The following are general layer blends.
Pass Through: When a folder is selected, the Pass Through blending mode treats all the layers within a group to behave separately as if they were individual layers.
Normal: “Normal” is the default blending mode. Your layer will cover the layer directly below it without any effect applied to it. You can, of course, reduce the opacity of the layer to reveal the layer below.
Dissolve: The Dissolve blending mode will not blend any layers. Instead, it only selects certain areas of the top and bottom layer to show, based on the opacity.
The following will darken your layer.
Darken: The Darken blending mode compares the base color of the layer and the blend colors and keeps the darkest of the two layers.
Multiply: The Multiply blending mode multiplies the luminosity of the base color by the blend color. This will make your layer darker, creating shadows and increasing depth.
Color Burn: The Color Burn blending mode increases the contrast between the base layer and the blend colors, giving you highly saturated mid-tones and reduced highlights. This will darken your image.
Linear Burn: The Linear Burn blending mode decreases the brightness of the base layer color based on the value of the blend color. This results in a layer that is darker than the Multiply mode, but less saturated than Color Burn mode. Linear Burn produces the most contrast in darker colors.
Darker Color: The Darker Color blending mode does not blend pixels. It only compares the base layer and blend colors and keeps the darkest of the two. This is not like the Darken mode as it does not actually blend the two layers.
The following will lighten your layer.
Lighten: The Lighten blending mode compares the base color of the layer and the blend colors and keeps the lightest of the two layers.
Screen: The Screen blending mode, will make the black part of your layer have zero change and accentuate the brighter colors. This will result in a layer that's color is always a brighter color. Screen is a great mode for brightening images or creating highlights.
Color Dodge: The Color Dodge blending mode decreases the contrast between the base layer and blend colors. This effect saturates the mid-tones and increases the highlights. The effect brightens up your layer.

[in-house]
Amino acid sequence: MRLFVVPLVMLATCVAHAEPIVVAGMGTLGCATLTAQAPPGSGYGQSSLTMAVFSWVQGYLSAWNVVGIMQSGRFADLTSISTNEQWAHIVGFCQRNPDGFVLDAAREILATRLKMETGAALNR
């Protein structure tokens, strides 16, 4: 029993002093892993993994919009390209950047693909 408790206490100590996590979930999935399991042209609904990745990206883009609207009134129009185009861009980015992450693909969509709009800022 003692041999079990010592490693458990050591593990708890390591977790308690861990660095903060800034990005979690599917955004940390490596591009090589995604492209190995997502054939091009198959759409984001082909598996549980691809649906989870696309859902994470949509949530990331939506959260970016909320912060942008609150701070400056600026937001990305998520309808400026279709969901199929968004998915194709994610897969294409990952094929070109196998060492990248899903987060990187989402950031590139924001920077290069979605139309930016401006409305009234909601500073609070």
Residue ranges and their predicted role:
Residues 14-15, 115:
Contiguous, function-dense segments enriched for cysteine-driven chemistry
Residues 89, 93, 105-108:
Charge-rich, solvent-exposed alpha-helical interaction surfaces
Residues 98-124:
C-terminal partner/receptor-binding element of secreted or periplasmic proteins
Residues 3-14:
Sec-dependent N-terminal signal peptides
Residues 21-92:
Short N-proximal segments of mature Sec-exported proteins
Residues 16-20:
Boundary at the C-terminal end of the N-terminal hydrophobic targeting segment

Lighter Color: The Lighter Color blending mode does not blend layers. It only compares the base layer and blend colors, keeping the brightest of the two.
The following will create contrast in your layer.
Overlay: The Overlay Blending mode will either bring out or mute your colors.
Soft Light: The Soft Light blending mode subtlely applies either a darkening or lightening effect on your layer. Like Overlay, only not as drastic.
Hard Light: The Hard Light blending mode combines the effect of the Multiply and Screen blending modes. It uses the brightness values of the layer to determine its effect. The end result tends to be extremely drastic. So, in most instances, you will have to reduce the opacity for the best result.
Vivid Light: The Vivid Light blending mode makes anything that is darker than gray darker, and anything that is lighter than gray lighter. You will want to keep the opacity at 100% for this one.
Linear Light: The Linear Light blending mode combines Linear Dodge for the lighter colors and a Linear Burn for the darker colors.
Pin Light: The Pin Light blending mode combines the Darken and Lighten blending modes at the same time. It completely removes all the mid-tones and can result in blotchy patches in your layer.
Hard Mix: The Hard Mix blending mode keeps only the black, white, red, green blue, cyan, magenta, or yellow colors. This will drastically change your layer, but you can use opacity and fill to reduce the effect.
Difference: The Difference blending mode does not really change the black and dark areas of the layer, Instead it takes the lighter tones and inverts the colors.
Exclusion: The Exclusion blending mode does almost the same thing that Difference does. However, the white inverts the base layer color values, while the black produces no change.
Subtract: The Subtract blending mode removes color values from the base layer. This mode will dramatically darken colors by subtracting the brightness of each pixel.
Divide: The Divide blending mode adds color values from the base layer. So, this will lighten dark areas of your layer, while not changing any white in your layer. This effect could whitewash your whole layer, so keep this in mind when using this blending mode.
Hue: The Hue blending mode keeps the brightness and saturation of the base layer while adopting the hue that you choose.
Saturation: The Saturation blending mode keeps the brightness and hue of the base layer while adopting the saturation of the top blend layer. In this way, you can change the whole top layer black-and-white and turn the image into grayscale because none of the colors in the brightness layer have saturation.
Color: The Color Blending Mode keeps the brightness of the base layer while adopting the hue and saturation of the top blend layer. Use this blending mode for coloring monochromatic images.
Luminosity: The Luminosity blending mode keeps the hue and saturation of the base layer while adopting the luminosity, or brightness, of the top blend layer.